It is a coincidence that in the same issue of Dawn, under the title: ‘Military rule: then and now’, referring to the dismissal of the Nazimuddin government on 17th April 1953, Zafar Iqbal writes: “After the assassination of Liaquat Ali Khan, Ghulam Mohammad was elevated to governor-general and Khwaja Nazimuddin stepped down to become prime miniater. Ghulam Mohammad had got his chance to work something out with the Chief Justice of Pakistan. According to Qudratullah Shahab who worked in the governor general’s office, the Chief Justice regularly met the governor general. The defining step was taken with the collaboration of General Ayub Khan, the Commander-in-Chief of the Pakistan Army, and the Nazimuddin government was dismissed. The action was supported by the Chief Justice Mohammed Munir, Justice S. A. Rahman, Justice Mohammed Sharif and Justice S .A. M. Akram. Justice A. R. Cornelius dissented. It also resulted in a cooperative relationship between the executive and the Federal Court, which resulted in the Federal Court being subordinated to the executive.”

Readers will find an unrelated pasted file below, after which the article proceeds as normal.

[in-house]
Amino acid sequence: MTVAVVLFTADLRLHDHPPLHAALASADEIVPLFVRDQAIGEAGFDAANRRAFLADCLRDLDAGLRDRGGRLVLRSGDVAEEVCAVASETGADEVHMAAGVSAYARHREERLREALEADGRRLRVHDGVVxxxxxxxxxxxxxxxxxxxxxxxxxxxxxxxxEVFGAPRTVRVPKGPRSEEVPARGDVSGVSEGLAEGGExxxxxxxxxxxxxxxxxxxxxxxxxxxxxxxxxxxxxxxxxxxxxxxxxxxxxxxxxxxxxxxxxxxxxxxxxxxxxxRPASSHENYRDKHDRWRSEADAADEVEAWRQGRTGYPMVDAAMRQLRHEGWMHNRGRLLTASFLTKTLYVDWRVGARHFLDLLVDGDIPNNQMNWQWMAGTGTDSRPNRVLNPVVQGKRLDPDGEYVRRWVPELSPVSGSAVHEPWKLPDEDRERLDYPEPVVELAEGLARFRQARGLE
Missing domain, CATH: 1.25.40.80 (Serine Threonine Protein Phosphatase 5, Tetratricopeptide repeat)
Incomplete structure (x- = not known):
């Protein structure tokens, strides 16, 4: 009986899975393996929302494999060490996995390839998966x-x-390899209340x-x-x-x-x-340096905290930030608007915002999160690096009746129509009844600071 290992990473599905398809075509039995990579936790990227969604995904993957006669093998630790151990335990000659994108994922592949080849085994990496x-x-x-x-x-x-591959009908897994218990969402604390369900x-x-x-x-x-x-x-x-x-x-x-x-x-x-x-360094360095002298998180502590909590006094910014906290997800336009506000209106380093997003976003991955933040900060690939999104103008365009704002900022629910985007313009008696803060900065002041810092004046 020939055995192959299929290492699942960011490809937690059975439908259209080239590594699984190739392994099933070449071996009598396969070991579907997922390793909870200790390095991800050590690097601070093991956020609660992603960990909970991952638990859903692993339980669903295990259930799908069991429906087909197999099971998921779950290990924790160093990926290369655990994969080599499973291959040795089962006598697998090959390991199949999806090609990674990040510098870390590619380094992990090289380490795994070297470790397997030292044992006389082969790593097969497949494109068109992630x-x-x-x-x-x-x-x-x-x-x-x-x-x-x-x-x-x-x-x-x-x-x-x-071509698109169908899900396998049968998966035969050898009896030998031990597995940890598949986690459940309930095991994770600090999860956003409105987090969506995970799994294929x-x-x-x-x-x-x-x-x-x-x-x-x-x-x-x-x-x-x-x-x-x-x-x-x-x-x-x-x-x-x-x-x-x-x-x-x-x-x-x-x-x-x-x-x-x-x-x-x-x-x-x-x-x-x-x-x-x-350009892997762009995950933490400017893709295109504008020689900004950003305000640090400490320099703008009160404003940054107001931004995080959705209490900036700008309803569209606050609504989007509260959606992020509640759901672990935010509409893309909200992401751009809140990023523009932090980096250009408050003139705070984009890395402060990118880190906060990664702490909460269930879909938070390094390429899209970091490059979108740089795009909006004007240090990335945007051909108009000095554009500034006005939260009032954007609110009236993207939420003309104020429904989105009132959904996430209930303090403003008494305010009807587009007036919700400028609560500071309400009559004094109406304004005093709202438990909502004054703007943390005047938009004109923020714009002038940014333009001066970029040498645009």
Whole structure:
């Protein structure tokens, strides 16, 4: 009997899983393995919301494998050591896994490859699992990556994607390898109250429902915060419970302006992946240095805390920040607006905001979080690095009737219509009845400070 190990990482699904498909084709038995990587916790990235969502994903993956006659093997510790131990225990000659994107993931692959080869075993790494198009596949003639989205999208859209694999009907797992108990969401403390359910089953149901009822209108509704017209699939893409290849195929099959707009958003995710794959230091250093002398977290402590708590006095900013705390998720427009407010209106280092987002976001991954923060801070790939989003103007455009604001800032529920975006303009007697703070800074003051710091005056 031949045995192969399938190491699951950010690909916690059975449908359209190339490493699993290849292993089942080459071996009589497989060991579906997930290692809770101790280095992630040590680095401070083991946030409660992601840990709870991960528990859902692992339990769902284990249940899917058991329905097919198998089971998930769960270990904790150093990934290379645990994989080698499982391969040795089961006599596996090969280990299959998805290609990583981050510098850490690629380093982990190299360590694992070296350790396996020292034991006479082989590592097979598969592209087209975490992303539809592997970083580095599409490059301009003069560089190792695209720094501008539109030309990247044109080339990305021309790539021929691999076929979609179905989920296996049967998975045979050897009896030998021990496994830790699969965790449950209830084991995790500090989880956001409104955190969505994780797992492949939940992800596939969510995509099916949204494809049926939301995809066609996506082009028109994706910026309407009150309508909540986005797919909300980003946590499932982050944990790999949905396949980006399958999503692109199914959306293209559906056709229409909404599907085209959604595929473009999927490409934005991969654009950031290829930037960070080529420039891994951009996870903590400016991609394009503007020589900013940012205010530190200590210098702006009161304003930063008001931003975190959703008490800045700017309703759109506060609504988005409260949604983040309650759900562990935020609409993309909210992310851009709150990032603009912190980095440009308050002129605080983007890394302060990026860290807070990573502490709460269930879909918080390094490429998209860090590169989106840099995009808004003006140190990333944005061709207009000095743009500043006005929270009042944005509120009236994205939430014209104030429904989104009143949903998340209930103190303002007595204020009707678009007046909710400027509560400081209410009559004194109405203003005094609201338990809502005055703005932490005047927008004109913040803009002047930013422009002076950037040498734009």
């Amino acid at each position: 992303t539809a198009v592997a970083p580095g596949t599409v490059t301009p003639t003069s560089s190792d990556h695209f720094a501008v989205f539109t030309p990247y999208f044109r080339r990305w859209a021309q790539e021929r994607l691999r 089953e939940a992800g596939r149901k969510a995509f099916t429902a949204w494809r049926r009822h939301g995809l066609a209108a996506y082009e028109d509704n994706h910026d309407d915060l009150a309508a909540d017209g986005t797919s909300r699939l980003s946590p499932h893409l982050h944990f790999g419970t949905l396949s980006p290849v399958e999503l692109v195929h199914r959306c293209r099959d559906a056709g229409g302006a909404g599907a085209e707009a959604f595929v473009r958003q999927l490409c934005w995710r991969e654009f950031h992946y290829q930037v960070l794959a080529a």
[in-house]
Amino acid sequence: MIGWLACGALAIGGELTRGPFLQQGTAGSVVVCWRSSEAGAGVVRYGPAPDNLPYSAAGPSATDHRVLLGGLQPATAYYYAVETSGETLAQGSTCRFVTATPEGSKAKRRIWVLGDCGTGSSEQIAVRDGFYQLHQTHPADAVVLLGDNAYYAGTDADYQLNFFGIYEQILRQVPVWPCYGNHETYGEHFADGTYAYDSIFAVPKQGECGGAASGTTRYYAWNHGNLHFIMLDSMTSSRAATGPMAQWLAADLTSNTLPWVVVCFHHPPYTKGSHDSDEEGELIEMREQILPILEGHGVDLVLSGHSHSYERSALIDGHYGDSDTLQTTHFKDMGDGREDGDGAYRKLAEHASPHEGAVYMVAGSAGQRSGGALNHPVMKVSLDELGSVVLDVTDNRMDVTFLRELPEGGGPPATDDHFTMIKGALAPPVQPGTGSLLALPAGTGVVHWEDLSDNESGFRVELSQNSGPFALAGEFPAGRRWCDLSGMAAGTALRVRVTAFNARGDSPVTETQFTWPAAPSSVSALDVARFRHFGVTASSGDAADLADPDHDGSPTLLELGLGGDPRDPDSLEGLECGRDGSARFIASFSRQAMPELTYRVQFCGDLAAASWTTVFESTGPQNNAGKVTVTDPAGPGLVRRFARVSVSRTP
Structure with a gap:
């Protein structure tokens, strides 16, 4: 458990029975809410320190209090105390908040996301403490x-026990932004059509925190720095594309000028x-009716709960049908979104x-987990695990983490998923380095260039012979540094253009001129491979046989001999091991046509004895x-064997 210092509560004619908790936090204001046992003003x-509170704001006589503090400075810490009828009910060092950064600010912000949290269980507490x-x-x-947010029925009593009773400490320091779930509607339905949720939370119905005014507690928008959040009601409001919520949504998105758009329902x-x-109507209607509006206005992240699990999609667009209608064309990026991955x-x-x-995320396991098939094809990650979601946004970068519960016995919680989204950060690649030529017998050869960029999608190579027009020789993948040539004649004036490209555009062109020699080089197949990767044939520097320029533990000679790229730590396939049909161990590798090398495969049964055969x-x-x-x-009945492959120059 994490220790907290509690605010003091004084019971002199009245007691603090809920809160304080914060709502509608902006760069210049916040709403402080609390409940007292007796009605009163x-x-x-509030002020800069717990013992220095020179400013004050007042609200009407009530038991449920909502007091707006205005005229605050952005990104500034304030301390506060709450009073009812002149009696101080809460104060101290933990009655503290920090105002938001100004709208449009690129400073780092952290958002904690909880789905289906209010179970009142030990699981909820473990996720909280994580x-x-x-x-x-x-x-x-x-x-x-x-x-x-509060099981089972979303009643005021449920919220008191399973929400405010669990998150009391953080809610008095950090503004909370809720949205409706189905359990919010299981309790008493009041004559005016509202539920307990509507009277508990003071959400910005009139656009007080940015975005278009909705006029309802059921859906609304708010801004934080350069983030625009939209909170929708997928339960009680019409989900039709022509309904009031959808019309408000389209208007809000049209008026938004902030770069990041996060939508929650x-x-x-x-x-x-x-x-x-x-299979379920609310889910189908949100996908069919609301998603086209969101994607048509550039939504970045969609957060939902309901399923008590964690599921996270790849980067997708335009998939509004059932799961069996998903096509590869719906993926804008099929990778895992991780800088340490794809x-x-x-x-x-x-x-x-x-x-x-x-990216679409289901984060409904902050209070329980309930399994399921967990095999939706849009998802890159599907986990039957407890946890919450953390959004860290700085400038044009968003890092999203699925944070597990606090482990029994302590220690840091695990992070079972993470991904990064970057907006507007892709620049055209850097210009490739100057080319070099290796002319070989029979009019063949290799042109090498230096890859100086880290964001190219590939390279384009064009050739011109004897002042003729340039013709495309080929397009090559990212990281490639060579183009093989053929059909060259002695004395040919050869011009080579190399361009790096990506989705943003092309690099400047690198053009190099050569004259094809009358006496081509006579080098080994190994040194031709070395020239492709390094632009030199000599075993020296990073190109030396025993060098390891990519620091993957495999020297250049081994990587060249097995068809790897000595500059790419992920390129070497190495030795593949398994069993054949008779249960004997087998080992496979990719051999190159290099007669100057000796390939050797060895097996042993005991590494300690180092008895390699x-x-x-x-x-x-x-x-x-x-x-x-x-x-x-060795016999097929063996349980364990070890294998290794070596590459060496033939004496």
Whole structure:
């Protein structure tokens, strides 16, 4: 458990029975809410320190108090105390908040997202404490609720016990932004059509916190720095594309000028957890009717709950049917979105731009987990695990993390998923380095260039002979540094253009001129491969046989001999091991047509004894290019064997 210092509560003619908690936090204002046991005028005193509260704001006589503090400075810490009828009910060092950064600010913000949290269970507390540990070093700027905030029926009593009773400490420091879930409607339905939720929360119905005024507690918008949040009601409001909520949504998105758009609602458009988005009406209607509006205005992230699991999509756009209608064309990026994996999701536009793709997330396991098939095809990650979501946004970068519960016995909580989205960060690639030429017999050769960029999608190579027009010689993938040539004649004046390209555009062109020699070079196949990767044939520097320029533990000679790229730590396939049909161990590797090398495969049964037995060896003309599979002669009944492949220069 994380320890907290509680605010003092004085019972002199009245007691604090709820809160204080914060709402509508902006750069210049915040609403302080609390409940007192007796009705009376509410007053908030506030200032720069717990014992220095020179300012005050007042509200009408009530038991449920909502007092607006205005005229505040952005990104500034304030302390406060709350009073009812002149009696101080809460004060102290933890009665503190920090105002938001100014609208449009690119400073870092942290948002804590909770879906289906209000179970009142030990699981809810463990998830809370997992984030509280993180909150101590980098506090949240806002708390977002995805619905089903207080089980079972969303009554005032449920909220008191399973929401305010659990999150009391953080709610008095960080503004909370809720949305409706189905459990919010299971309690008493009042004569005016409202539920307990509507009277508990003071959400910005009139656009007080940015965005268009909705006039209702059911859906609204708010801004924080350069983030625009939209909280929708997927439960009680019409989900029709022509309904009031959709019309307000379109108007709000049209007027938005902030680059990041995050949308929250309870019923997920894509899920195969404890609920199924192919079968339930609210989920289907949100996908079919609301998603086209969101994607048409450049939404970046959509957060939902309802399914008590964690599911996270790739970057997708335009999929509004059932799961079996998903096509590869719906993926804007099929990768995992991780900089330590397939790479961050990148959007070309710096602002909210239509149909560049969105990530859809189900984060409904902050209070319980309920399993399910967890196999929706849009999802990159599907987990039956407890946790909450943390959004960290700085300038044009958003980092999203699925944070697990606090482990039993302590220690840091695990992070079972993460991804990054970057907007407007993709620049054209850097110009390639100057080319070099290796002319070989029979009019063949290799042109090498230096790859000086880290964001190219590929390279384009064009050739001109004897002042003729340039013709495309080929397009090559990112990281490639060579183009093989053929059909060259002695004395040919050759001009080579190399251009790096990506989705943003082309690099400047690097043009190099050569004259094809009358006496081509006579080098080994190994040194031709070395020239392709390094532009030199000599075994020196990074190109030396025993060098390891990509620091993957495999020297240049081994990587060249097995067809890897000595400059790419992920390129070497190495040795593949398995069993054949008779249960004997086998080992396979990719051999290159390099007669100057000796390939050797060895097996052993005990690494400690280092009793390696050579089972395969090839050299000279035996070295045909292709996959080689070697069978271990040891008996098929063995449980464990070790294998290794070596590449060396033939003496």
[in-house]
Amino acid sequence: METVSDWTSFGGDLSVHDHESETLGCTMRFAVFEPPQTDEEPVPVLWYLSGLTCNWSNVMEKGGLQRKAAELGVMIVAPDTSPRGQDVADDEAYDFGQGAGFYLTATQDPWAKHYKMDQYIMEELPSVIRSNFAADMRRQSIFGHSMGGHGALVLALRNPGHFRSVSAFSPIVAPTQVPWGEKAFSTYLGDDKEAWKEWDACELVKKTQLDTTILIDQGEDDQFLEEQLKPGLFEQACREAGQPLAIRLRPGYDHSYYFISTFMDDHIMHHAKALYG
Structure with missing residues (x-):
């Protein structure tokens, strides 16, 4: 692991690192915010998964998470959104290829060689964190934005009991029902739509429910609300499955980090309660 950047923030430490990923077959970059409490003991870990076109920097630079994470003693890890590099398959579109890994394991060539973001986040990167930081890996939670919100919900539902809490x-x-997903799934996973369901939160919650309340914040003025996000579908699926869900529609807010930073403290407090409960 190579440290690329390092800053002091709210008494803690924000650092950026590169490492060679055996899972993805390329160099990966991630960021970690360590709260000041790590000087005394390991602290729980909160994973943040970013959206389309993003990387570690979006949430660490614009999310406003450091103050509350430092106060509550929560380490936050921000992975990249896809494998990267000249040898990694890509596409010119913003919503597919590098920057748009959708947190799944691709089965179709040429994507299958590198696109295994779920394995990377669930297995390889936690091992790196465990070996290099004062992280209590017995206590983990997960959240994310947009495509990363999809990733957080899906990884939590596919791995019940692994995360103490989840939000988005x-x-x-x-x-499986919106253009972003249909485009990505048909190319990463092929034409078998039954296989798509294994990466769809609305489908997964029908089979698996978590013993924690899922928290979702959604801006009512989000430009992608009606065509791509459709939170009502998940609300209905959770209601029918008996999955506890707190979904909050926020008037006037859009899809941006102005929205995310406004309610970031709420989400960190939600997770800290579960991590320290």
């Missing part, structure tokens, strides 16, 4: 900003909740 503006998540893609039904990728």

Even though he had held the two topmost positions in the country for five years – 1948 to 1953 – there was not a plot of land in his name in Karachi, nor did he have a house where he could moved to from the Prime Minister’s house, and he was having difficulty in even renting a house. At this stage the late Mr. Abdul Wahed Adamjee came to his rescue by offering him the use of one of his houses at 102 Clifton. He accepted the offer with a deep sense of gratitude and lived here for a few years, and then moved to a rented house in P.E.C.H.S. Some time in 1957 he moved to Dhaka and lived in Bait-ul-Amn the house belonging to his brother Khwaja Shahabuddin. From here he once again moved to a rented house on New Eskaton Road where he lived until his death.